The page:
When a person dies without a Will, the deceased is said to have died “intestacy”. As the deceased did not make a will and choose the beneficiaries of the estate, the beneficiaries are determined by law. A beneficiary of the estate is entitled to apply to the Supreme Court for a “grant of letters of administration” and to be appointed the administrator of the estate.
When the letters of administration are issued, the assets of the deceased are vested in the administrator. This gives the administrator the authority to collect the assets of the deceased for distribution to the beneficiaries.
Section 14 of the Administration Act 1903 (WA) sets out the entitlements of family members in intestate estates.
When applying for a grant of letters of administration, the intended administrator should take the following steps:-
- Search for a Will of the deceased as the Court will not issue a grant of letters of administration unless the intended administrator shows that a thorough search had been carried out but no Will had been found. Make enquiries with family members and with the deceased’s financial planner, solicitor or accountant to find out if a Will exists.
- Obtain the original Death Certificate or a certified extract from the death registry as this will be needed for the application and throughout the administration of the estate. The funeral director is often able to assist with this process. It is not uncommon for the Death Certificate to be issued up to two weeks after the death.
- The next step is to determine the entitlements under intestacy and who is the most appropriate person to apply for the letters of administration. In this regard, the entitlements under section 14 of the Administration Act 1903 (WA) should be carefully reviewed. It is best to speak to an experienced lawyer about which beneficiary should apply for letters of administration. Generally speaking, any beneficiary is entitled to apply. However, the Court has certain requirements that the applicant must meet. If there is more than one beneficiary and only one is applying for letters of administration, then the others who are not applying must give their consent. If there are family dynamics and consent will not be given or if a family member cannot be contacted to provide the consent, then the Court will in all likelihood, require the intended administrator to guarantee the proper distribution of the beneficiaries up to the value of the estate. This guarantee is also required where beneficiaries are under 18 years old.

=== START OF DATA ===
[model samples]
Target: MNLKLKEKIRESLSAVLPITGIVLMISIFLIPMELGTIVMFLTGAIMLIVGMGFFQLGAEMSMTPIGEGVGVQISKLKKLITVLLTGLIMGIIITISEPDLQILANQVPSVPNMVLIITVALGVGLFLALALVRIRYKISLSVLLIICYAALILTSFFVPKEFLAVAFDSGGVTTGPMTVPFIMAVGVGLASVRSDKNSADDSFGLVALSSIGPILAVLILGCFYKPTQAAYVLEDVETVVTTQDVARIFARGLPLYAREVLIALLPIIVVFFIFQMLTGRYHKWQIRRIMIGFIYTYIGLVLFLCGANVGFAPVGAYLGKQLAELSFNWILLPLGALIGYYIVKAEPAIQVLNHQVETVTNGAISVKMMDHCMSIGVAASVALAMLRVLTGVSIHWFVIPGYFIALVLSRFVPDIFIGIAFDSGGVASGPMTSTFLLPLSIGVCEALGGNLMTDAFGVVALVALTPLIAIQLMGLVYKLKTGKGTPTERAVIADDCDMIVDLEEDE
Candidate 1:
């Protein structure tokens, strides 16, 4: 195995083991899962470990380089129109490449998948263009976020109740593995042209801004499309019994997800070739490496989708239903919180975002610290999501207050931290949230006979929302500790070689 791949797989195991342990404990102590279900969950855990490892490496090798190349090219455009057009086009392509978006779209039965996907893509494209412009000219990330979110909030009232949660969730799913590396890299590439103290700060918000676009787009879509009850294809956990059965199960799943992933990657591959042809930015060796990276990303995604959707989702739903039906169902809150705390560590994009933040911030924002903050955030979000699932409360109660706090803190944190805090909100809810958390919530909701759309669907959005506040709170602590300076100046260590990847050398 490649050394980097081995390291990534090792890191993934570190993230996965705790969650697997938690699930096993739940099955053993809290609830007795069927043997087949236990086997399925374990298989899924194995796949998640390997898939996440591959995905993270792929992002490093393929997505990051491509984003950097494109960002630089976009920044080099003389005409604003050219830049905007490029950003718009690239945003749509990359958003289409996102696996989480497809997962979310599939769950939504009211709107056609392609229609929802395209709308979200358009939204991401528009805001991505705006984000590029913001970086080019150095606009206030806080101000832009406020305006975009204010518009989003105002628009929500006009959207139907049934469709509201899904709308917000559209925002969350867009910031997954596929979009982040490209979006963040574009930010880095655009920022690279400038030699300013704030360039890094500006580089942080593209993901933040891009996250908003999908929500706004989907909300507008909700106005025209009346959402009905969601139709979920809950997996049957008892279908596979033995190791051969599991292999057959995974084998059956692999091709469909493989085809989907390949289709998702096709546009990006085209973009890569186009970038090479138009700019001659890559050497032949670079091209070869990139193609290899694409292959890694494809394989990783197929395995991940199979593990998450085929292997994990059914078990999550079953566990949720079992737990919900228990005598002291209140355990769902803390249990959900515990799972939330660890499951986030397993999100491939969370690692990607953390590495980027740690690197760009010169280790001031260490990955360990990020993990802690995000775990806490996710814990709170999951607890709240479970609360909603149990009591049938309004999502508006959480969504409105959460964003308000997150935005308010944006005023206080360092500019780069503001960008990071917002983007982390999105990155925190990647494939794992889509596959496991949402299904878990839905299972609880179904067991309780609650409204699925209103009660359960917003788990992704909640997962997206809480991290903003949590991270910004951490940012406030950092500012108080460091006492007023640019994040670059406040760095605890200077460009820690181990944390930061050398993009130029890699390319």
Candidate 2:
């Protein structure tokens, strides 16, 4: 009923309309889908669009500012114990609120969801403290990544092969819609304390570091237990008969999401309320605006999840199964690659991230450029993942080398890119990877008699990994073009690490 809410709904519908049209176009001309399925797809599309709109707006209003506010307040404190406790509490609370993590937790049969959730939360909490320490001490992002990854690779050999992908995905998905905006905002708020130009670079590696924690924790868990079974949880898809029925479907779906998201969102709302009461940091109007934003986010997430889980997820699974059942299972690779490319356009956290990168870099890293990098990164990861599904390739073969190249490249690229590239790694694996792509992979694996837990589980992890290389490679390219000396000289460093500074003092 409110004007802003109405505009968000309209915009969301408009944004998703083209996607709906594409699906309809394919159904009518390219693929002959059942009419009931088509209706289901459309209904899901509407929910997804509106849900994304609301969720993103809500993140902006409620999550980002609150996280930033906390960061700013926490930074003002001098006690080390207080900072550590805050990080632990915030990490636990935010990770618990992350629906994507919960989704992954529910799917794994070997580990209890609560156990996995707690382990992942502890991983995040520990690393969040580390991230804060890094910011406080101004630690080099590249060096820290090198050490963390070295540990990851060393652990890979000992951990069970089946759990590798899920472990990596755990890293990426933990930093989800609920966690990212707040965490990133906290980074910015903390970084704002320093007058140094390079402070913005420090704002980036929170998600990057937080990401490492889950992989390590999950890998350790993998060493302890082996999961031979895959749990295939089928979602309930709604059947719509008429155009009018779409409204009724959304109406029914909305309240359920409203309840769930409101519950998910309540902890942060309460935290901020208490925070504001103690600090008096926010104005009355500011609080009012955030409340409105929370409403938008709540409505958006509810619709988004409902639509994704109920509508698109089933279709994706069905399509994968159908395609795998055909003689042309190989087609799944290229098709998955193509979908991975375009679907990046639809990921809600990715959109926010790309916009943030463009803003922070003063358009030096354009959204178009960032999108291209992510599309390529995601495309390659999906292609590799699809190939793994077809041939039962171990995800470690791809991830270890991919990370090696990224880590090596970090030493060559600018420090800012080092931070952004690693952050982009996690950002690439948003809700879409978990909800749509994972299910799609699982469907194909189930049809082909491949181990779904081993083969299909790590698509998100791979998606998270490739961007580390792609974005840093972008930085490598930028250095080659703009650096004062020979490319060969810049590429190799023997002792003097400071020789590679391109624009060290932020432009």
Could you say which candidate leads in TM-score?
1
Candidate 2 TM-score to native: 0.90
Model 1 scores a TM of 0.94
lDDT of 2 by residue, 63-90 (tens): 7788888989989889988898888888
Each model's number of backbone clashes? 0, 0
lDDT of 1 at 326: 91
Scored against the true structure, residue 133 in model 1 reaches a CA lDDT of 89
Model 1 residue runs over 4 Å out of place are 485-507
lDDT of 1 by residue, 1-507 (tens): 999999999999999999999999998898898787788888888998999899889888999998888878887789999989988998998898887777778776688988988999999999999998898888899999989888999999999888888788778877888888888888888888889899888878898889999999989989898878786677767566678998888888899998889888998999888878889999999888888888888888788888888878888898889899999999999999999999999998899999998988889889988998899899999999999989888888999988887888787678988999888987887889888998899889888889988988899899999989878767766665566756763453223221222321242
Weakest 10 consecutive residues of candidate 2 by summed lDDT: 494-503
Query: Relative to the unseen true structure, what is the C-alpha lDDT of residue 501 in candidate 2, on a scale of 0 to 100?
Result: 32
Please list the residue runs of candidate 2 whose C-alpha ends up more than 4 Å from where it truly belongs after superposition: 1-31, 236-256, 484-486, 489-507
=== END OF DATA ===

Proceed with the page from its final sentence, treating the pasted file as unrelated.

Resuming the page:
- The intended administrator should then make a list of the deceased’s assets and liabilities and their respective values. The purpose is to determine the estate for distribution to the beneficiaries. At the same time, this exercise is important as it may lead to the conclusion that it is not necessary to apply for letters of administration. For example, real estate held by the deceased with another person as “joint tenants” will pass on to the surviving joint tenant without requiring letters of administration to be issued. If the deceased left only a small deposit in a bank account, the bank may not require probate to be obtained before releasing the monies to the executor for distribution to the beneficiaries.
- If an application for letters of administration is required, the intended administrator must consider the proper jurisdiction where the application for the grant should be made. For example, the Supreme Court of Western Australia has jurisdiction to grant letters of administration only if the deceased left behind assets located in the State of Western Australia. Hence, if the deceased only left behind real estate located in another state or territory in Australia, then an application for a grant of letters of administration should be lodged in the state or territory where the real estate is located and not in Western Australia.
- The intended administrator can then proceed to make the application for Letters of Administration. As these applications are rather complex, the intended administrator should seek legal assistance with the drafting of the required documents. This is to ensure the Court has all of the required information and so that any requisitions or questions which the Court may have in relation to the application can be answered effectively.
- If the application is in order, the Court will issue the grant of letters of administration. The administrator can then proceed to collect in the assets, pay the estate’s debts and, when ready distribute the estate to the beneficiaries as outlined in Section 14 of the Administration Act 1903 (WA).
Before making an application for a grant of Letters of Administration, it would be prudent to obtain legal advice and/or to retain an experienced lawyer to assist in making the application for the grant. This will ensure effort and expense are not wasted in having to re-submit an application should there be errors or the Court have complex questions about the application.
If you require assistance in applying for a grant of Letters of Administration or have any questions, contact us at Robertson Hayles Lawyers on (08) 9325 1700 or by email at email@example.com.
The above content is only intended to provide a general overview of the topic discussed. It is not intended to be comprehensive nor does it constitute legal advice. You should seek legal advice specific to your circumstances before acting or relying on any of the above content.